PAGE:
Scientific Name(s): Rhamnus purshiana DC
Common Name(s): Bitter bark, Buckthorn, Cascara sagrada, Cascararinde, Chittem bark, Cortex rhamni purshianae, Purshiana bark, Rhamnus, Sacred bark
Medically reviewed by Drugs.com. Last updated on Nov 10, 2022.
Clinical studies of cascara have focused on its laxative effects, although cascara is no longer considered safe or effective for this use. Attention has shifted to cascara's constituent emodin and its possible therapeutic applications in the treatment of various conditions, based on animal and in vitro data.
Cascara sagrada nonprescription laxative products were declared no longer safe or effective by the US Food and Drug Administration (FDA) in 2002 due to a lack of supporting evidence. Typical doses of cascara are 1 g of the bark, 2 to 6 mL as a fluid extract, or 100 to 300 mg of dried bark extract.
Cascara is contraindicated in children younger than 10 years; for ileus due to any origin; and for inflammatory diseases of the colon, including ulcerative colitis, irritable bowel syndrome (IBS), and Crohn disease.
Avoid use. Emmenagogue and abortifacient effects have been documented. Anthranoid metabolites may also be excreted in breast milk.
None well documented.
Side effects include abdominal cramping and discomfort. Extended use may cause chronic diarrhea and consequent electrolyte imbalance. Cases of benign and reversible melanosis coli have been reported.
Overdose of anthraquinone laxatives results in intestinal pain and severe diarrhea, with consequent electrolyte imbalance and dehydration. No causal relationship between long-term use of cascara and colorectal cancer has been established.
The official Cascara sagrada is the dried bark of the typically small- to medium-sized R. purshiana wild deciduous tree found in North America (eg, California, Oregon, Washington, Idaho, Montana) and as far north as Southeast British Columbia. The tree grows up to 18 m in height and has thin, elliptical to ovate-oblong, acutely pointed leaves. The greenish flowers are arranged in umbellate cymes, and the fruit is purplish-black, broadly obovoid, and 8 mm in length. Commercial bark is flattened or transversely curved, longitudinally ridged, and brownish to red-brown in color. The bark has gray or white lichen patches and occasional moss attachments.(Leung 1980, Osol 1955, USDA 2010, WHO 2002) A synonym is Frangula purshiana (D.C.) A. Gray ex J.C. Cooper.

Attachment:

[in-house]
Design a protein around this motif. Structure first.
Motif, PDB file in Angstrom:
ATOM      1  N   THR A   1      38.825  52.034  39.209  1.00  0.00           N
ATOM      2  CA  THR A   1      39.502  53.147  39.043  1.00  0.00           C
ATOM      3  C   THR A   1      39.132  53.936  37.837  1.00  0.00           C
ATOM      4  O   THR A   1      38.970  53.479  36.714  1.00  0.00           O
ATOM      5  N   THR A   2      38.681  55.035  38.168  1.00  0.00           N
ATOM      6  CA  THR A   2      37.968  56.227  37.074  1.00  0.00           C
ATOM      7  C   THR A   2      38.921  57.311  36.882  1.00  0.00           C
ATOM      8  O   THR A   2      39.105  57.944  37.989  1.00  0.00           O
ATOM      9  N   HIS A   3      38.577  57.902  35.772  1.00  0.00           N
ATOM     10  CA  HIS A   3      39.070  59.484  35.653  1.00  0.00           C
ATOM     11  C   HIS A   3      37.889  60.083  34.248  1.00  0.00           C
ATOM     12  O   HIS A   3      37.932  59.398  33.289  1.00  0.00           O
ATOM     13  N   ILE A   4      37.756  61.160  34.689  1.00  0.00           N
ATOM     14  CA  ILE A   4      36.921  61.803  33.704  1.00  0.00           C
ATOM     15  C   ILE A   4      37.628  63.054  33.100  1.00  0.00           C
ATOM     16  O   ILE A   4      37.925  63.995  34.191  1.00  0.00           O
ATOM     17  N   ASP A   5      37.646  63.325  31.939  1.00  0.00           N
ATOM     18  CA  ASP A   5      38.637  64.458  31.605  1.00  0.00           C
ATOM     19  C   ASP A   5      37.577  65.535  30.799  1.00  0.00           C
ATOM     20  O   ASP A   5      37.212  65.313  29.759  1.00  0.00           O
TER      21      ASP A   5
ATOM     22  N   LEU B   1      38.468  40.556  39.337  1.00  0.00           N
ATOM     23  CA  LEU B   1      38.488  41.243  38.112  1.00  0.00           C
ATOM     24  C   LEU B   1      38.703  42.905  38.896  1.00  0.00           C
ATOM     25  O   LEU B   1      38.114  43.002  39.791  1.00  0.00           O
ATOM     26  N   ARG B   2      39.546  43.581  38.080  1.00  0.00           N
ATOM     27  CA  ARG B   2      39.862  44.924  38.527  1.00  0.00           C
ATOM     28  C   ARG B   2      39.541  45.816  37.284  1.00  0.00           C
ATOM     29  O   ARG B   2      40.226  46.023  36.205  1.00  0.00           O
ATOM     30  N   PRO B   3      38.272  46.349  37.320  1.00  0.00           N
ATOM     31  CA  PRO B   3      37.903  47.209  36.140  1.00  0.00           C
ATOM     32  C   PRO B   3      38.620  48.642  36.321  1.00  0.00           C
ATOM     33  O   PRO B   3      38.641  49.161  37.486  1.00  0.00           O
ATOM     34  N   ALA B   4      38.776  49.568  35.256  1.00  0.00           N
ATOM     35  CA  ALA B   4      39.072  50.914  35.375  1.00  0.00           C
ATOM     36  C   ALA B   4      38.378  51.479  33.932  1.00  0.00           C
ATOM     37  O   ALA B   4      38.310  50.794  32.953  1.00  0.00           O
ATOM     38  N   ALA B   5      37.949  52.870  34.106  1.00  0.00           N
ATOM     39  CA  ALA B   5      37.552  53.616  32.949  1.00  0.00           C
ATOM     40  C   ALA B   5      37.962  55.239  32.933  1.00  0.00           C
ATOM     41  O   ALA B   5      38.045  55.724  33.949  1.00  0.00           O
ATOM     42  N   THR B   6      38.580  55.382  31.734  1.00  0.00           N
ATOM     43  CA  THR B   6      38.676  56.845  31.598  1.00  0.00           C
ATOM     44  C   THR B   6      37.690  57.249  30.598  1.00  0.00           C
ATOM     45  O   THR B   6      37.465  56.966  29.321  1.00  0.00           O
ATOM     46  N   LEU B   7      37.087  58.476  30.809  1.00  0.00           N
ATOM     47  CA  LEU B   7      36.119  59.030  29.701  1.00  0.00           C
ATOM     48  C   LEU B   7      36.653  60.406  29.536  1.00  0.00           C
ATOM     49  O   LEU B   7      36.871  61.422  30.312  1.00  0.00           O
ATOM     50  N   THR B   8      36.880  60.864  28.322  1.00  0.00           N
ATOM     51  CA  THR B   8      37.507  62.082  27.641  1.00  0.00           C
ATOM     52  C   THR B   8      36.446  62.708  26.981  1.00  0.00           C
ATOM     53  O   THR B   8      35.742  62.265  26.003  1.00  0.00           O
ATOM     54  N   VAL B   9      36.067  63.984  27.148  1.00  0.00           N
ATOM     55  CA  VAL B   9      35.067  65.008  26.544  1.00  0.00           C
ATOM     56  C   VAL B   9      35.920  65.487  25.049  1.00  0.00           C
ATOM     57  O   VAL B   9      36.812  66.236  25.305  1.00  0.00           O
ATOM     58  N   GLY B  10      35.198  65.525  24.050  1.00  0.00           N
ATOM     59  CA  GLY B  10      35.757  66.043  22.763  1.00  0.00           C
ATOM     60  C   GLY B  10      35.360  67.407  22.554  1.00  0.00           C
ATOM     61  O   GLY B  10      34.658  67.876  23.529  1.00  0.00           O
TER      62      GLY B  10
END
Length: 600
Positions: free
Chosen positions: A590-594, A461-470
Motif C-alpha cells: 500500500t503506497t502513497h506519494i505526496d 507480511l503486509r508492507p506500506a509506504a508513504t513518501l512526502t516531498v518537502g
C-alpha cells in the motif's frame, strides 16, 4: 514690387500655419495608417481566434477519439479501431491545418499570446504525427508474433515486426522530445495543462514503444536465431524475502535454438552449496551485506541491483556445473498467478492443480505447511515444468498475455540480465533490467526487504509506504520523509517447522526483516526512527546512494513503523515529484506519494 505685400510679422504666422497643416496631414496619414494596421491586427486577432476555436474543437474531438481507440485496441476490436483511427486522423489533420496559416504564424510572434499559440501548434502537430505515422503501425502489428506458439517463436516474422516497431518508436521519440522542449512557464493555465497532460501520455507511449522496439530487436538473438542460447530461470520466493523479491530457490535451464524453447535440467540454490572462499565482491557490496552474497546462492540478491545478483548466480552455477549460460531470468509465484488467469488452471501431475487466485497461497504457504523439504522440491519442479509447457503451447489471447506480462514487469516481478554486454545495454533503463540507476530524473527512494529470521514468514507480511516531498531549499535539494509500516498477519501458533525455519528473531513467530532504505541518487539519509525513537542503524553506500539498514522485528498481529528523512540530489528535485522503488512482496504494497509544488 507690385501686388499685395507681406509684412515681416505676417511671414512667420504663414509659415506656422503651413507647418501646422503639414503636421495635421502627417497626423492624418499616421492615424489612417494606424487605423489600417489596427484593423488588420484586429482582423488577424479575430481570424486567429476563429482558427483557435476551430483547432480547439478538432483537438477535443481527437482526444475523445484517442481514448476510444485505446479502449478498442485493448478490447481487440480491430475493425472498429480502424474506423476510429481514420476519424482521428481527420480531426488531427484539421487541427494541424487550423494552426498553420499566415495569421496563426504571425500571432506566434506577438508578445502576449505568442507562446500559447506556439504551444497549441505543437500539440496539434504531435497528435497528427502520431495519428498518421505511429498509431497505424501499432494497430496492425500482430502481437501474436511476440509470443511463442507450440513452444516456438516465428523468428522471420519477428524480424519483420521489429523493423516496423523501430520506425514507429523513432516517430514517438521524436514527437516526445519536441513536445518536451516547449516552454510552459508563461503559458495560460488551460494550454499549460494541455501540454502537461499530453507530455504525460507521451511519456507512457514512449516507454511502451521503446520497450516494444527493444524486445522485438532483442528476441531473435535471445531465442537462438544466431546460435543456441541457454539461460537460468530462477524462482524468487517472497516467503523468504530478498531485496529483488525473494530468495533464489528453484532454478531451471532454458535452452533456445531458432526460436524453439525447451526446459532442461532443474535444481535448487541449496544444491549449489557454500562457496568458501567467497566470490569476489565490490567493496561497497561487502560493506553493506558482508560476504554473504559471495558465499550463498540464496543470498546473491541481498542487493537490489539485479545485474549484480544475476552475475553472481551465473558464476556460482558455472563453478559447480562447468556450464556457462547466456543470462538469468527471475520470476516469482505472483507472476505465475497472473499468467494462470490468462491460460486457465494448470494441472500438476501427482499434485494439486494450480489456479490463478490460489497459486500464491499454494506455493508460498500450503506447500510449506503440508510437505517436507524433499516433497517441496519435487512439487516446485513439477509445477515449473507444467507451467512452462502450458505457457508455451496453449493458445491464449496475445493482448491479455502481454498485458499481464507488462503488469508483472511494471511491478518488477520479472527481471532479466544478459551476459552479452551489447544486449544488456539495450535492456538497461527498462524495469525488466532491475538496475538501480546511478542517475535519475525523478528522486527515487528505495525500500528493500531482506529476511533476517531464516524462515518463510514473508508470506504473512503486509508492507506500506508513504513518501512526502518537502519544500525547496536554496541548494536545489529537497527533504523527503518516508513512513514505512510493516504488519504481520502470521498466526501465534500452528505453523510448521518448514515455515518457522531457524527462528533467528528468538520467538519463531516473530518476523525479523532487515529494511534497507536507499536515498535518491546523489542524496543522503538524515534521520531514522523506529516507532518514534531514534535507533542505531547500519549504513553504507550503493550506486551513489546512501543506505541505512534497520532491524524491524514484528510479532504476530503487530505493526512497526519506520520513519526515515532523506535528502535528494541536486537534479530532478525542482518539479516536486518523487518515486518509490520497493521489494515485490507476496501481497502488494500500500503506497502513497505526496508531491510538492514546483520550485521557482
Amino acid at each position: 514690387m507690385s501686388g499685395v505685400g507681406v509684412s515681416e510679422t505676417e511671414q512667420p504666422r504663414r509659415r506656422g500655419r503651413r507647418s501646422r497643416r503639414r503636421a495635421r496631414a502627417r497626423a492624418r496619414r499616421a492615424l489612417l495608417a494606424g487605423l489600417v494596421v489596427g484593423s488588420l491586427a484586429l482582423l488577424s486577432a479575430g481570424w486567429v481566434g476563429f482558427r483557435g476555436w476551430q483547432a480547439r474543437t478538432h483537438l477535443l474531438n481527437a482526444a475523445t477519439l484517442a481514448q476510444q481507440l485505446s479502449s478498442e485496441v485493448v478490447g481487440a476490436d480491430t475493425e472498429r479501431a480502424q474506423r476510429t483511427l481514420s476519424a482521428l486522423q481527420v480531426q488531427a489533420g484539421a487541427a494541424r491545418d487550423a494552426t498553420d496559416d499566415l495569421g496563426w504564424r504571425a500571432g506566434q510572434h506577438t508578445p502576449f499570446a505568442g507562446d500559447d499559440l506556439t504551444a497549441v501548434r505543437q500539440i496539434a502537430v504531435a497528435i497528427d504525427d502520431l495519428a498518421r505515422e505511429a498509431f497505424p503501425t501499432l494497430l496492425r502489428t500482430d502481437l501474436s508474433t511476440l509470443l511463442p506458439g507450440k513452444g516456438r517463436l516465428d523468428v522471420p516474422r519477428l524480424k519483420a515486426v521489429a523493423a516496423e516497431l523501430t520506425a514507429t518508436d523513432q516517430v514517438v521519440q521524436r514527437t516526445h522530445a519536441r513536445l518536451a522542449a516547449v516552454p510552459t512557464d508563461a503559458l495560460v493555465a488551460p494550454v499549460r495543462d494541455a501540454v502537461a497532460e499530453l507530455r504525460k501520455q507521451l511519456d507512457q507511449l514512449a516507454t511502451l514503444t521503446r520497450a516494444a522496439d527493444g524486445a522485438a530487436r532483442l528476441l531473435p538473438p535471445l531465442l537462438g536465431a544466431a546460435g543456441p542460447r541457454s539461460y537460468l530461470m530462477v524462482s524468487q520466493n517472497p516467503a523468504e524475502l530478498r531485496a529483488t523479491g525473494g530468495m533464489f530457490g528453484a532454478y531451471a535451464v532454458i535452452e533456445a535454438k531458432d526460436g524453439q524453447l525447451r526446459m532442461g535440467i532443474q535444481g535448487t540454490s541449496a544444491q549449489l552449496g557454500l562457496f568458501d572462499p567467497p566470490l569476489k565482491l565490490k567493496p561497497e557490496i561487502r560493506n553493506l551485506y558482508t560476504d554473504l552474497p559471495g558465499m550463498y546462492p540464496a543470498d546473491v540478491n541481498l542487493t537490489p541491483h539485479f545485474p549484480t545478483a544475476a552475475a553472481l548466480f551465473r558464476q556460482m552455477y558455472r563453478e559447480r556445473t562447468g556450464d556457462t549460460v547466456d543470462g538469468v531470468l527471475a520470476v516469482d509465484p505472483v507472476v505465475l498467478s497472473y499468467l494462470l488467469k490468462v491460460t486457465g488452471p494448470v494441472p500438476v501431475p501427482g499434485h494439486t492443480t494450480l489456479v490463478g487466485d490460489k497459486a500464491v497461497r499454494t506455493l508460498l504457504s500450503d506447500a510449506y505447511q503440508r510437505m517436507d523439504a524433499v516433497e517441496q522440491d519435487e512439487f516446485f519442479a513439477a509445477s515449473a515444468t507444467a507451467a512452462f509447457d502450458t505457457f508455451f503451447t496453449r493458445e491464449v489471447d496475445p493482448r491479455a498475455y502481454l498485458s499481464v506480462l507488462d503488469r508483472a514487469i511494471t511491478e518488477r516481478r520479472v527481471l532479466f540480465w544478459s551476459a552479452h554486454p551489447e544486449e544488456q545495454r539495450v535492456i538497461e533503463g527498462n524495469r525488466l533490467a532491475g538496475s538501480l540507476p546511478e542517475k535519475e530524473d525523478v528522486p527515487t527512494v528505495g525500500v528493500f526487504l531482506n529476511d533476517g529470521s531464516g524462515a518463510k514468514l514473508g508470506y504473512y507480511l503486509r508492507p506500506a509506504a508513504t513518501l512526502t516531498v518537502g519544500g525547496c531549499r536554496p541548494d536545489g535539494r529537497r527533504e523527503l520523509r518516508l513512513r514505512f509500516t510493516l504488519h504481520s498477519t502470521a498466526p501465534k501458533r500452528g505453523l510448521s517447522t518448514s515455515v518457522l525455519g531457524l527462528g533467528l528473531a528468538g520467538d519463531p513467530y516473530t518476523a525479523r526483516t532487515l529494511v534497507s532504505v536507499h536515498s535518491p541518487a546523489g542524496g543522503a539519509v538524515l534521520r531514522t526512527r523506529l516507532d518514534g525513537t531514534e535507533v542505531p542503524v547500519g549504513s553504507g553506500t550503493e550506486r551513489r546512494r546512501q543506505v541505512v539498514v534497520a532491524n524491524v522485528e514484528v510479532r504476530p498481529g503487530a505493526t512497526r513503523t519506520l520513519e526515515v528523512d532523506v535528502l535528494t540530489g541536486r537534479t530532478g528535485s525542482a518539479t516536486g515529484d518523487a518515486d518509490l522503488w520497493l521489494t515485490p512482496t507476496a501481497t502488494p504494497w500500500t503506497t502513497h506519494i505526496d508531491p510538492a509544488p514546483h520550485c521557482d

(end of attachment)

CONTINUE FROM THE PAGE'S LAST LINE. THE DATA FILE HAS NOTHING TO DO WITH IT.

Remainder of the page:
In traditional medicine, cascara was used as a laxative by American Indians and immigrants to America. R. purshiana itself was not described officially until 1805 and was not introduced into medicine until 1877. The berries of the European counterpart (European buckthorn, Rhamnus frangula) were described in the London Pharmacopoeia of 1650. In 2002, the FDA issued a final rule stating Cascara sagrada as a nonprescription laxative ingredient is no longer generally recognized as safe and effective.(Evans 1989, FDA 2002, Leung 1980, WHO 2002)
The active laxative constituents of cascara include at least 6% to 9% anthracene derivatives, which exist as normal O-glycosides and C-glycosides. The 4 primary glycosides or cascarosides A, B, C, and D contain both O- and C-glycosidin linkages that are chemically designated as the C-10 isomers of the 8-O-beta-D-glucopyranosides of aloin and chrysophanol. A number of dianthrones are also present, including emodin, chrysophanol, and the heterodianthrones, as well as palmidin A, B, and C.
The free anthraquinones are likely formed in the leaves and stored in the bark, mainly as C-glycosides, with older bark containing the highest concentration. Although not a commercially viable source, R. purshiana cell suspension cultures produce anthracene derivatives.
Cascara juice also contains other nonlaxative compounds such as rhamnol (cinchol, cupreol, quebrachol); linoleic, myristic, and syringic acids; resins, fat, starch, and glucose; and malic and tannic acid. The dried seeds contain 7% to 25% protein, 13% to 57% oil, and 1% to 2% ash. Recently, six anthraquinone diglucosides from Cascara sagrada bark were isolated by high-performance countercurrent chromatography.(Rho 2020)
Only the dried bark of the trunk or branches of the Cascara sagrada plant is used since the fresh bark contains free anthrone. The free anthrone can cause severe vomiting and is therefore destroyed by treatment of the bark with heat and aeration or by aging it for at least a year.(Santucci 2021)
Analysis and quantification of cascara's chemical constituents have been reported, and techniques for the production of emodin derivatives have been published.(Alaerts 2007, Bisset 1994, Coskun 1989, Duke 1985, Evans 1989, FDA 2002, Koyama 2008, Leung 1980, Lu 2006, Tan 2006, Wei 1992)
Uses and Pharmacology